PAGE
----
After Johnson scored 24 points in the Jordan Brand Classic at the Barclays Center, he stood in the interview room and listened as a reporter told him he was impressed with his stroke since he didn't really have the reputation as a shooter.
"I'm glad I'm an underrated jump-shooter and surprise you when I make shots," Johnson said. "I can definitely bring some jump shooting to the table. I can definitely be a floor-spacer."
His jumper is a work in progress, but it's also something that he's happy to show off after years of working to make it respectable. When he started working with Torres, Johnson shot it from his belly button. When he had the ball on the perimeter, his defender would stand in the lane.
"He didn't like that feeling," Torres says.
"He's a guy that wants to be a great player," Arizona coach Sean Miller told Bleacher Report this summer. "If you've watched Stanley as a ninth- and 10th-grader like we did, he was a far cry from where he is today. That's a true testament to his work ethic."
When Johnson started to show the ability to knock down outside shots as a high school junior, it took opponents by surprise. Johnson made five three-pointers and scored 26 points in a state championship win over Gordon's Archbishop Mitty squad in 2013.
"I didn't know he could shoot the ball that well," Gordon says. "He came out and hit his first couple shots from far away."
But there's still work to do in what will likely be his only season at Arizona—Johnson is projected to be a lottery pick in the 2015 NBA draft. He is so determined to prove that he can shoot from outside that occasionally he'll force an untimely perimeter jumper when he could get to the bucket. He went 2-of-10 from deep through Arizona's first three games, but he has gone 6-of-9 since and is shooting a stellar 42.1 percent from deep.
Johnson is great in the open court and thrived this summer at the Under-18 FIBA Americas Championships playing in Team USA coach Billy Donovan's full-court press. He was the MVP of the tournament and averaged 14.0 points, 5.4 rebounds and 2.2 steals per game. He was at his best getting out in the transition opportunities Donovan's pressure defense created. The college game is not always so open, and Arizona plays more of a half-court style, but Johnson is starting to adjust.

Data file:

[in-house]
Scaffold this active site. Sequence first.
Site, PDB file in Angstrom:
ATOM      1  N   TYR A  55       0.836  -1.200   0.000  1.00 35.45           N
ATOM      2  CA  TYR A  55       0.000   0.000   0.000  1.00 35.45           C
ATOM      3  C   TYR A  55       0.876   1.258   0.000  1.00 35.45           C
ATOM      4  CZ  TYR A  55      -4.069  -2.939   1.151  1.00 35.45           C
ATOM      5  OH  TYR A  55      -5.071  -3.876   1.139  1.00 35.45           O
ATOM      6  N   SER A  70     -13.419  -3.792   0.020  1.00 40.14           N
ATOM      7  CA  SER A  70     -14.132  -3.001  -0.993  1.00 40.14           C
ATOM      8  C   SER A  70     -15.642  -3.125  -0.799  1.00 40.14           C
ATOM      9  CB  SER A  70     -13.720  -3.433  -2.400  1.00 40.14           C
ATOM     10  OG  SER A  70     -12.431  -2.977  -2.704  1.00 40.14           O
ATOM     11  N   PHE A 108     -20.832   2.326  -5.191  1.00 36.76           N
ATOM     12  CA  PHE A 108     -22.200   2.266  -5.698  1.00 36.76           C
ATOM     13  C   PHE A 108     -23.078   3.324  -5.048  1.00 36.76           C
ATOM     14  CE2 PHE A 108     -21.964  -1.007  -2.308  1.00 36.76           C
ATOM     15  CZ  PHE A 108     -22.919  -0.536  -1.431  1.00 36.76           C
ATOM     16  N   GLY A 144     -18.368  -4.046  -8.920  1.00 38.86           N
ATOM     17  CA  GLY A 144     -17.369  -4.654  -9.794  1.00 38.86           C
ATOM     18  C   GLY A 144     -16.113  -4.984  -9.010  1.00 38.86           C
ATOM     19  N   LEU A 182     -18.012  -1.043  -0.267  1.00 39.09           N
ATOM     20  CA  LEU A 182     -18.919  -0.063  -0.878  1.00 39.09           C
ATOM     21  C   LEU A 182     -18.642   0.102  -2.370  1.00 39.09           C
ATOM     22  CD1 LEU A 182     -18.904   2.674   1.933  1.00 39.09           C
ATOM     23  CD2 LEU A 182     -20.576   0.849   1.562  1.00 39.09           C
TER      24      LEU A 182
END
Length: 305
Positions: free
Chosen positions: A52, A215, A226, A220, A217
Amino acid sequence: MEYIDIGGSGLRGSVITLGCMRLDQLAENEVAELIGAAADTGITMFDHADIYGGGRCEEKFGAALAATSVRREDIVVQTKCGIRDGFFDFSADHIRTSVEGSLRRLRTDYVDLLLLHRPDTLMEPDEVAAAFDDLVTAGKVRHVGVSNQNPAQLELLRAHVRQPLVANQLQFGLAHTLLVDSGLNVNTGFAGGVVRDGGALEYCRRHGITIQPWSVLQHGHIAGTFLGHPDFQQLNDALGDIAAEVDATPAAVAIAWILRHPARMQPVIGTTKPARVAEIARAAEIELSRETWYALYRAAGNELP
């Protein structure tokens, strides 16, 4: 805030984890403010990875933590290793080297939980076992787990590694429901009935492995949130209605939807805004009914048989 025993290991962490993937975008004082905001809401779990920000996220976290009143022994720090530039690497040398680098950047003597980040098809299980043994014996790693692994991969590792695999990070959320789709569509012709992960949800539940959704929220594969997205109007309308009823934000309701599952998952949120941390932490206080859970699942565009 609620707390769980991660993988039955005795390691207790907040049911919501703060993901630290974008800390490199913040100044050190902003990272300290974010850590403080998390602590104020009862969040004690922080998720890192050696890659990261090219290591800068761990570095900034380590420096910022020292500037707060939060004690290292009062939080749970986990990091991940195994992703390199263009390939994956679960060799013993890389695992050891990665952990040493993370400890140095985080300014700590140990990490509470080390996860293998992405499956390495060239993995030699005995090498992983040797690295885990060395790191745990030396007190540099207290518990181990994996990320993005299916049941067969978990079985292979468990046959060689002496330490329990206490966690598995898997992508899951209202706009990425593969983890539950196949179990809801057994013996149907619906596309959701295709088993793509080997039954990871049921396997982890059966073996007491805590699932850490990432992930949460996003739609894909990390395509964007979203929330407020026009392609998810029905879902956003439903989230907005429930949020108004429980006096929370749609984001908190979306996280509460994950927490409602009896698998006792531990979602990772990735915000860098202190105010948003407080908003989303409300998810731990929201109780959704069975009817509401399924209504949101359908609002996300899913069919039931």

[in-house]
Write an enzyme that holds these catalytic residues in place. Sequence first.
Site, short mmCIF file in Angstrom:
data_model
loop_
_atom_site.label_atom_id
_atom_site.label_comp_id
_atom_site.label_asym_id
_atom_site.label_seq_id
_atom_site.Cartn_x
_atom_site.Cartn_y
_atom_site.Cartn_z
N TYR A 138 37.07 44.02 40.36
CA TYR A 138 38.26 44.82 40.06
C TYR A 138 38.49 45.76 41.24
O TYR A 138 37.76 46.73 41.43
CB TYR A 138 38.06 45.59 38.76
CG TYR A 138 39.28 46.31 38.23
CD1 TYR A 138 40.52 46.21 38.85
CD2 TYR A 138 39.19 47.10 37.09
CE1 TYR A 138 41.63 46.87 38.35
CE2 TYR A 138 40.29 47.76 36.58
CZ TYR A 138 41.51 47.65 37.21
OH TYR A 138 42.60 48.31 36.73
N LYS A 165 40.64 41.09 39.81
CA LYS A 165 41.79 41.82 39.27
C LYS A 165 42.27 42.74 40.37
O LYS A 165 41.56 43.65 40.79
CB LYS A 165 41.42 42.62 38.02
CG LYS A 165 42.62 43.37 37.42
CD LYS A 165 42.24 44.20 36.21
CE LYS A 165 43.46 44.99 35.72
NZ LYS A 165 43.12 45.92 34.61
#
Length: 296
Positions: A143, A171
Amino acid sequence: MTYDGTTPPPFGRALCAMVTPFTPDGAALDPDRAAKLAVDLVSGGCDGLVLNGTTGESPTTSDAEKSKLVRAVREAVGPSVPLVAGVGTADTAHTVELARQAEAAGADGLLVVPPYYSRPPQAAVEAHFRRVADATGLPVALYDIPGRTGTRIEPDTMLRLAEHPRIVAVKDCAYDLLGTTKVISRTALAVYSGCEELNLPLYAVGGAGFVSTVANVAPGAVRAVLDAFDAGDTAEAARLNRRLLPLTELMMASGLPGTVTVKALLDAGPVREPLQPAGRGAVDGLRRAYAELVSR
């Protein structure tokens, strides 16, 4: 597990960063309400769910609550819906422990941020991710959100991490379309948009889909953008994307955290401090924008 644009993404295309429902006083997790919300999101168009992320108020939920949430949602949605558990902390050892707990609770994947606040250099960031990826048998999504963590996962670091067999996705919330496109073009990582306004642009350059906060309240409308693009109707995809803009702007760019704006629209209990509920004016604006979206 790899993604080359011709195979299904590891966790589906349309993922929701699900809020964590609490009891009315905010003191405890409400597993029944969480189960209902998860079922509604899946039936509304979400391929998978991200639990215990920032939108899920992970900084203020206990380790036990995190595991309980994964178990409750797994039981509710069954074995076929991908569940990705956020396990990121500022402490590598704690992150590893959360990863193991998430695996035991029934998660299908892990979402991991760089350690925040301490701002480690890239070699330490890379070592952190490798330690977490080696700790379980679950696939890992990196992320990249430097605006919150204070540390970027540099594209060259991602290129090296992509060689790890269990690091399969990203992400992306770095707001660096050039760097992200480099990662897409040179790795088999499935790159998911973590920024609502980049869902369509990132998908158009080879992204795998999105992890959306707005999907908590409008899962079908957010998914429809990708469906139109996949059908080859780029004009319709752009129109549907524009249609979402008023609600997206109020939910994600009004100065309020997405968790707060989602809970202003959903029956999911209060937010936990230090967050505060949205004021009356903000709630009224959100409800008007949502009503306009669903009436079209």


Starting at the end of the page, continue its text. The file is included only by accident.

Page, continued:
"He's going to have to get used to not being able to just overpower everyone. Knowing how to get space and get his pull-up jump shot off, get the floater off," an NBA scout told Bleacher Report. "Because he's not going to be able to just drive through everyone in college and certainly not at the next level."
Sometimes players try to show that they can do what others think they can't, and that's one thing Johnson could battle this season. This is where his relationship with Gordon could come in handy. Gordon had his own struggles with his outside shot, but he impressed NBA scouts with his ability to defend, rebound and play with great energy.
Gordon continues to mentor Johnson from afar.
"I just tell him not to treat Arizona as a stepping stone to the next level," Gordon said. "While it's not his ultimate goal to play college basketball, he can't miss out on the time there preparing for the next step."
The goal at Arizona is, of course, to win.
Johnson has always won.
In addition to the four state titles, he didn't lose a game in his last two years of high school and is off to a 7-0 start at Arizona.
"He makes big shots, big plays. It's uncanny," says Frank Burleson, a veteran journalist on the California prep basketball scene. "That's the thing that set him apart over the last four years. There's very few people who have been as good a prospect as he is and who have also won so frequently who also came through in certainly clutch situations."
Johnson's potential was on display this summer at the Drew League in California, a pro-am that often lures NBA talent. He played on a team with James Harden and Derrick Williams, and the Arizona freshman dropped 30-plus points in two of the first three games, and was MVP of the league one week.
Johnson likes winning so much that Torres says he's a "jerk" even when it comes to pickup games. "He'll fight for every loose ball," Torres says. "He'll fight for calls. He'll argue about calls. We have an ongoing joke at the gym—he's a professional pickup player, because he'll do whatever it takes to win."
Johnson likes a challenge, but his career path has obvious intentions.
He went to Mater Dei because it is the most tradition-rich program in California.
He sought out the best trainers in the area and worked with them at every possible opportunity so he could become more than just a "big bear."
He studied and mimicked Gordon because he was the best player in the state.
And he picked Arizona because Miller has stockpiled talent.
Enjoy the process, Gordon says.
Johnson will. He just wants to make sure he finishes on his terms.
"Arizona has been on the brink of getting to a Final Four a couple times, and this year I think we have no excuse not to make the Final Four," he says. "For me, it's national championship or bust."
C.J. Moore covers college basketball for Bleacher Report. You can follow him on Twitter @CJMooreBR.